HART Communication adapts for the Internet world
A closer look at the benefits offered by HART-IP, which is the latest enhancement to the HART Protocol Specification
To address growing industry demand for accessing data over the Ethernet, the HART Communication Foundation added a new capability to the HART Protocol Specification, HART-IP. HART-IP takes HART technology as it exists today and adapts it for the world of the Internet, allowing the exact same HART protocol to run over an IP-based connection delivering valuable HART data at the speed of Ethernet.
This means that the standard Ethernet infrastructure that is used today in most control systems is now able to run the HART application layer and protocol over the same Ethernet and TCP/IP layer. A HART-IP backhaul network enables software to gain direct access to information in WirelessHART devices for example, without having to perform any data mapping through intermediate Modbus or OPC.
Offering comment on HART-IP, Harry Forbes, senior analyst at ARC Advisory Group, said: "The introduction of an IP backhaul will undoubtedly increase the use of WirelessHART." Frank Fengler, of ABB agrees, saying: "The greater use of HART-IP will lead the way to larger WirelessHART networks because it will be easier to gain access to the intelligent information in HART devices. HART-IP is already being used in many products that have connecting devices - such as gateways, remote I/O and multiplexers so just with the addition of a communication driver, users can gain access to HART-IP."
"In reality, because most WirelessHART networks contain less than 100 devices, multiple networks are created," Forbes went on to explain. "This can present an integration management problem as the number of networks grows, because there will be many different gateways that all need to be integrated. Having an IP backhaul, therefore, makes a huge amount of sense, connecting measurements to the Internet. This will enable users to integrate whatever applications they are using for measurements, over a much larger scale.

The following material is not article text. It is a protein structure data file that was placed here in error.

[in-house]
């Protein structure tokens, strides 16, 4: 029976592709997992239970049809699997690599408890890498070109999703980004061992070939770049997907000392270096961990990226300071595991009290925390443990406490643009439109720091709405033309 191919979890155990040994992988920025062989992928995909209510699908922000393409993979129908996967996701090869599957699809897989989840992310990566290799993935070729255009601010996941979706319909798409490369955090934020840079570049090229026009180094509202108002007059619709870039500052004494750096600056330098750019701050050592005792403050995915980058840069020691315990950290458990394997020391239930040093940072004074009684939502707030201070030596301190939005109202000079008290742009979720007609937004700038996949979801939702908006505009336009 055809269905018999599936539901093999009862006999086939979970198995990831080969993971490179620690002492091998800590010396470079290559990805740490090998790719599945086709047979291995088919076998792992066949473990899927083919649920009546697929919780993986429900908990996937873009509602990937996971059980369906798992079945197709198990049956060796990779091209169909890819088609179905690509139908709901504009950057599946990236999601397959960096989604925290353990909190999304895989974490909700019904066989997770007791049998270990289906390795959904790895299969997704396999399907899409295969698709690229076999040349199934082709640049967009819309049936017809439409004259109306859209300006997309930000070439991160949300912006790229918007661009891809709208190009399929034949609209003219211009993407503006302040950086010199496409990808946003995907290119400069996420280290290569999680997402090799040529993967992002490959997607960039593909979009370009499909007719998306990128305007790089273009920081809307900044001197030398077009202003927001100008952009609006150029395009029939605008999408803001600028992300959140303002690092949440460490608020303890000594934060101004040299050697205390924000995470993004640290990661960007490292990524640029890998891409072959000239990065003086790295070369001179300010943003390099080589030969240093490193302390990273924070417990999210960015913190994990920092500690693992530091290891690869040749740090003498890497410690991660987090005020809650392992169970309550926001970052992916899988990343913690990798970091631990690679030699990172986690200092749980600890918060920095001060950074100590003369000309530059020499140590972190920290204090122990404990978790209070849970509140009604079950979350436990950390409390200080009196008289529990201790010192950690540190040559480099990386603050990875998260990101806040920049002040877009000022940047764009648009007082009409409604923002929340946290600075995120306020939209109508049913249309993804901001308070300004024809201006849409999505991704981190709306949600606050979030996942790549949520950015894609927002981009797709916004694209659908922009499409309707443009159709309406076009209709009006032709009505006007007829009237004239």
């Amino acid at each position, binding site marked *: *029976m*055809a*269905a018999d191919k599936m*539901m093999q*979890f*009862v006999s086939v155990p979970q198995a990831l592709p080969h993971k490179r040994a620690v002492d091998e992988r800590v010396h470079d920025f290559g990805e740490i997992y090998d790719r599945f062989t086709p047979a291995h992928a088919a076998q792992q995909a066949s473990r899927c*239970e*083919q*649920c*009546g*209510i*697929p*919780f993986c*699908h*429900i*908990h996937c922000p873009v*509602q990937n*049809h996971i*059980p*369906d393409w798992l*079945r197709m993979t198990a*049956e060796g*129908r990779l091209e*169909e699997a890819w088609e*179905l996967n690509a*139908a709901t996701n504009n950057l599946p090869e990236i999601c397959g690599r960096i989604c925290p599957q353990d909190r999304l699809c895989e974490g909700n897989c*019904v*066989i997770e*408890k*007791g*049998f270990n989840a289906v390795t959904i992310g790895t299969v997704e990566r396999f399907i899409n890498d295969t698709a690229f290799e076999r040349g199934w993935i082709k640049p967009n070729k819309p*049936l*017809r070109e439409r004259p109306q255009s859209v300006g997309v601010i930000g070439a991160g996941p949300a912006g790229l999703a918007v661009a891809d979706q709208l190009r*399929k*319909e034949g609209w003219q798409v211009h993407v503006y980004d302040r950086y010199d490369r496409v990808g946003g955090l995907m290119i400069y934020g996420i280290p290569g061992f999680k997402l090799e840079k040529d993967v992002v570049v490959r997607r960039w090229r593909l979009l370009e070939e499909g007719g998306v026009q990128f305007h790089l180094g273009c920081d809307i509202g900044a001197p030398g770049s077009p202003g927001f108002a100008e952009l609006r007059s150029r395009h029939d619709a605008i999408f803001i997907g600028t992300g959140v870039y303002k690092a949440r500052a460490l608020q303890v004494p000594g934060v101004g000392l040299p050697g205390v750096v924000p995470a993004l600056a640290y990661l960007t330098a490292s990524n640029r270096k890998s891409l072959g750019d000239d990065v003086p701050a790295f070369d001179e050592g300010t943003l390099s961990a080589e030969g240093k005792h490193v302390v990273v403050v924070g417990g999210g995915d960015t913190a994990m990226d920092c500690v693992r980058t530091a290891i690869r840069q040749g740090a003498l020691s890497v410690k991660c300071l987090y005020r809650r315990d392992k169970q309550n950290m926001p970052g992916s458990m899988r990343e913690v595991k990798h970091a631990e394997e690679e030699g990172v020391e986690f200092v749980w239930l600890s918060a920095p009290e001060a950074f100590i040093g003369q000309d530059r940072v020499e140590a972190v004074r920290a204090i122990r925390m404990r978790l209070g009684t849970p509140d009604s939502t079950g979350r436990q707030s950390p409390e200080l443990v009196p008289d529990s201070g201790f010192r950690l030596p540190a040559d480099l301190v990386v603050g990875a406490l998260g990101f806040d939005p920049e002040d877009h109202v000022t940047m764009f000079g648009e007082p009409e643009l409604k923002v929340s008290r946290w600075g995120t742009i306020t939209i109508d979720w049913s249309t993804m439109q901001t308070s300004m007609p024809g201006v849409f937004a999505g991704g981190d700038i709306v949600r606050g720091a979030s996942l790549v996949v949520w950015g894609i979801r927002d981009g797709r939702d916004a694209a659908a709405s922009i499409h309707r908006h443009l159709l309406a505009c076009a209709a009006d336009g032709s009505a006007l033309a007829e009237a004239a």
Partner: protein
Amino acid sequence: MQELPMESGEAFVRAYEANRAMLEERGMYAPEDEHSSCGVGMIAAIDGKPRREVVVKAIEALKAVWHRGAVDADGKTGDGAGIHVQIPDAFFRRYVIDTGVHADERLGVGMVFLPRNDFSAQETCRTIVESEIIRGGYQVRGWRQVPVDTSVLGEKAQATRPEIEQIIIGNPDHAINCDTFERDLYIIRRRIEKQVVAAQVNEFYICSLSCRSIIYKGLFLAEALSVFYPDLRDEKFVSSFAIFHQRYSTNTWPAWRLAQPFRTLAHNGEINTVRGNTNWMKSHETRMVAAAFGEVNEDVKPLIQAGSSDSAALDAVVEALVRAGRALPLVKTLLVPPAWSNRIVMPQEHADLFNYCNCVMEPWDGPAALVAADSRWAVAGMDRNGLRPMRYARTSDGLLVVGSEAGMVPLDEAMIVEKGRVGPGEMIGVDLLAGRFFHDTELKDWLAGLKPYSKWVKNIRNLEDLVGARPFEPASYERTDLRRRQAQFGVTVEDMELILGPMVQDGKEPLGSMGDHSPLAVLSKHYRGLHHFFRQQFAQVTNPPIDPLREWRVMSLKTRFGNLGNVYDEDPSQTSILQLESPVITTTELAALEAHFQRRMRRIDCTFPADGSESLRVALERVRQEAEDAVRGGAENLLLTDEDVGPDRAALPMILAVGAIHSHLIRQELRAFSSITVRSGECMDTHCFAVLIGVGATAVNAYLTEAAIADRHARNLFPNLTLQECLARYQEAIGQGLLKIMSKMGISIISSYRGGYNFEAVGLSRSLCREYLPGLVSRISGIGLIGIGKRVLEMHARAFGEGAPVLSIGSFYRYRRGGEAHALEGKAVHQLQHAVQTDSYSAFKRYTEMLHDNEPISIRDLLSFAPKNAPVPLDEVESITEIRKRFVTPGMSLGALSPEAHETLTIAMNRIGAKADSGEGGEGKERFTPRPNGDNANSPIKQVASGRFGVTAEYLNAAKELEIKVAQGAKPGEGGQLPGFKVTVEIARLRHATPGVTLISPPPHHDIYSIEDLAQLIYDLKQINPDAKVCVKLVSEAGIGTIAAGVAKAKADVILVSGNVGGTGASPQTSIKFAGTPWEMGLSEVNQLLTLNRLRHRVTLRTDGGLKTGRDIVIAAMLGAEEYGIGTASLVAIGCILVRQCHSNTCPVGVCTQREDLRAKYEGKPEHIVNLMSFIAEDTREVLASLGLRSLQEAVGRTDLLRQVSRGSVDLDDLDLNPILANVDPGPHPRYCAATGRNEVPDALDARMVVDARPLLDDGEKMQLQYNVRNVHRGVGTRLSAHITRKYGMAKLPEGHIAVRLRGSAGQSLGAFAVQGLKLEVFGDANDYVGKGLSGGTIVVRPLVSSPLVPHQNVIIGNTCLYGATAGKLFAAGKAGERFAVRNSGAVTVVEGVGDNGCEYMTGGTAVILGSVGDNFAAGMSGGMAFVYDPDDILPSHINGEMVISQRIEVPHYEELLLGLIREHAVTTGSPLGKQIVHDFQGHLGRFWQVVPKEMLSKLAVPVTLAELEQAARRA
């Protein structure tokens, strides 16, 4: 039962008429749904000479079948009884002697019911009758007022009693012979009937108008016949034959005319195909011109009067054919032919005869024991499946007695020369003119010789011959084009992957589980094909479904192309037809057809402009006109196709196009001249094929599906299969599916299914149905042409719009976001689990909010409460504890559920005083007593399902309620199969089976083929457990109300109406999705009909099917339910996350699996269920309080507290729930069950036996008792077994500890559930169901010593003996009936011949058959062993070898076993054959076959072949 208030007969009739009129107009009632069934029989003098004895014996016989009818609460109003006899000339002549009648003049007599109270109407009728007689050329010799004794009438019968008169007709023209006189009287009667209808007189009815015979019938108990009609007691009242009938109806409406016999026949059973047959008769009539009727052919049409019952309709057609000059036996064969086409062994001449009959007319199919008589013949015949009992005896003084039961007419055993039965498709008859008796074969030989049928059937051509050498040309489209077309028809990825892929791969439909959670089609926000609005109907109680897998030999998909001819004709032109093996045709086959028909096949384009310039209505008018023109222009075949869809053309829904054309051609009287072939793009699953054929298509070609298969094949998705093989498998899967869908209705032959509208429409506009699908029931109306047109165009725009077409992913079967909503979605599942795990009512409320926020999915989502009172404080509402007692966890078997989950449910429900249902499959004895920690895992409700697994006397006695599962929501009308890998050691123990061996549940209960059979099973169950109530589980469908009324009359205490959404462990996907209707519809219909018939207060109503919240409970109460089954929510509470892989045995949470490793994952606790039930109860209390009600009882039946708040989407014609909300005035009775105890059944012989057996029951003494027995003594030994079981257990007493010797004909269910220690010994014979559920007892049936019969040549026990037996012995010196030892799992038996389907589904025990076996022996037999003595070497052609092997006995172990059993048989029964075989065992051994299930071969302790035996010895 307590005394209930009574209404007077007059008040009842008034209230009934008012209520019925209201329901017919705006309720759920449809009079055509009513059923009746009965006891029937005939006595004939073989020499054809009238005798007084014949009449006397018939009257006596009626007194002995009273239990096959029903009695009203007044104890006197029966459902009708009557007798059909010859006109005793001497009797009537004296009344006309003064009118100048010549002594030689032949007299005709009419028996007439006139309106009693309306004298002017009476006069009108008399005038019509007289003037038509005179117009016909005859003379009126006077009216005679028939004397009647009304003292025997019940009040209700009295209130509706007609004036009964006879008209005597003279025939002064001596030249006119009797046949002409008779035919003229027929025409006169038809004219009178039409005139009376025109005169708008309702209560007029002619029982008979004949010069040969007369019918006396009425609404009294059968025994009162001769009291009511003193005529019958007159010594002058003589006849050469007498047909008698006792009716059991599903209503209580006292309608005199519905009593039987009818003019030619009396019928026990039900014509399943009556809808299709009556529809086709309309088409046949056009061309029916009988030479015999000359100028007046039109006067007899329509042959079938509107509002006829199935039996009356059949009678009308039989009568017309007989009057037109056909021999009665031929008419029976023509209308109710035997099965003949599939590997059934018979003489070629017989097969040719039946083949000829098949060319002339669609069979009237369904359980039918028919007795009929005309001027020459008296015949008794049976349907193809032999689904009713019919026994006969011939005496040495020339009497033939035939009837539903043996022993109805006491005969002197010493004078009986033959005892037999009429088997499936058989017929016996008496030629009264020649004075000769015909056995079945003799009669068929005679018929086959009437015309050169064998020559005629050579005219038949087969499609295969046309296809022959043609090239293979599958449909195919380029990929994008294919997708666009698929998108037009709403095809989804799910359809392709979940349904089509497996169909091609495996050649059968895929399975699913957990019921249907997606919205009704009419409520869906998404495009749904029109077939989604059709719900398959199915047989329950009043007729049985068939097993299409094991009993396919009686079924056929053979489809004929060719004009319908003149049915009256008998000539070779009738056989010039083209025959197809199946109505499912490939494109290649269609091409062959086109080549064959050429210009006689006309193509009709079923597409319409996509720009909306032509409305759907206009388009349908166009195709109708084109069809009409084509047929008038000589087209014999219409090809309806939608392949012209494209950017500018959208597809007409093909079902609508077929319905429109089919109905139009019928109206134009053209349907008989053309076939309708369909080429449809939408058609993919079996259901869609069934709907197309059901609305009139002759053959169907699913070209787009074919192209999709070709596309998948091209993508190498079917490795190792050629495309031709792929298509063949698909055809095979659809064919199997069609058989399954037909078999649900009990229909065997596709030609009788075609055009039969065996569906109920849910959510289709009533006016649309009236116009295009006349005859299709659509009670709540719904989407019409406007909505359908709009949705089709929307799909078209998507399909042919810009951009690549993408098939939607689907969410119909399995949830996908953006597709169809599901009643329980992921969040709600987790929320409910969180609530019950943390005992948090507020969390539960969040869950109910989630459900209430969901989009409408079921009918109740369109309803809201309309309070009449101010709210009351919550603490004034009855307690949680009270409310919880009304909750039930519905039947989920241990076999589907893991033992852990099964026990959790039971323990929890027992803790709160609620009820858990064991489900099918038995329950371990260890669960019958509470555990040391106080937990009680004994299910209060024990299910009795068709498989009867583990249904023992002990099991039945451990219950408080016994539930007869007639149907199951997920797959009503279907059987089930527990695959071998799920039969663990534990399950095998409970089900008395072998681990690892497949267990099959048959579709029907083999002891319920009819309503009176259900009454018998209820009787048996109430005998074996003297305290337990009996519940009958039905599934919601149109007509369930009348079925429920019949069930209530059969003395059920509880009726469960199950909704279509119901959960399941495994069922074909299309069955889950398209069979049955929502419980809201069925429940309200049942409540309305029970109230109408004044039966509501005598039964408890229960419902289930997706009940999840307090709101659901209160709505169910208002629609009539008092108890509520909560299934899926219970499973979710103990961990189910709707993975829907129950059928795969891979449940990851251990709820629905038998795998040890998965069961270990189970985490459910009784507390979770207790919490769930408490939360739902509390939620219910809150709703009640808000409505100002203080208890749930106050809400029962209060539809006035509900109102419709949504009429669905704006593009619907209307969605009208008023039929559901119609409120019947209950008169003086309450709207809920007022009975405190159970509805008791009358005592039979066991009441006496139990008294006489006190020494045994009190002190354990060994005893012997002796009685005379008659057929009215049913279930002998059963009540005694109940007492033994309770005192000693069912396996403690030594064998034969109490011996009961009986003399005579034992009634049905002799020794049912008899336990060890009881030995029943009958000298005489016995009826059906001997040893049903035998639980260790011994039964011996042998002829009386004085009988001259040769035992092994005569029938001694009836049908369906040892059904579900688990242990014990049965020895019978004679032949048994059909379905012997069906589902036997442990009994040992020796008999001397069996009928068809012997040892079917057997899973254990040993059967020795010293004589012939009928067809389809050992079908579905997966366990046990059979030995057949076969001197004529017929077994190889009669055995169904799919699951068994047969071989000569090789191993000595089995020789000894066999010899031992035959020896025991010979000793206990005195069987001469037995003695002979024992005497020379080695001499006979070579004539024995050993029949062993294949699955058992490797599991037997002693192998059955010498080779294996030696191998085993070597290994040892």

"It will also make it possible to centralise the management of multiple networks. Applications consisting of, for example, up to 200 or more wellheads distributed over wide distances, would be able to manage all of the gateways from a single point, connecting to all the measurements," said Forbes. Once the HART-IP-enabled devices are plugged into the corporate network, the information can travel literally anywhere in the world over the corporate VPN allowing remote access of process measurements and device and/or process diagnostics.
With more vendors using HART-IP within their product offerings, Eric Rotvold, distinguished technologist, Emerson Process Management, says that there are now implementations of HART-IP in the real world, and WirelessHART is also being adopted more aggressively by industry. "Many gateways already support HART-IP so its increasing use is a natural progression. There are also devices such as COM DTMs under the FDT umbrella, being developed to talk to these HART-IP gateways and instrumentation, for asset management purposes." Likewise, many HART-enabled device configuration and asset management applications are already HART-IP enabled.
A big benefit of HART-IP is the ability to gain high-speed access to the standard HART diagnostic information and process data using the plant's installed networking infrastructure. Rotvold said: "Although this information has been available for a long time, , up until this point there has not been a great way to get a lot of data out of HART devices and into asset management or enterprise level systems. Multiplexers suffer from data aggregation and with WirelessHART gateways you still need a way to ship all the data up to the host system as quickly as possible. HART-IP provides this capability, allowing for the effective management of many gateways and many thousands of WirelessHART devices."
HART-IP offers the most straightforward way to access all the standard HART information available in a HART device. It allows the information from these devices to be brought up to the Ethernet level easily, without the need to go through any translation processes and with no loss of information.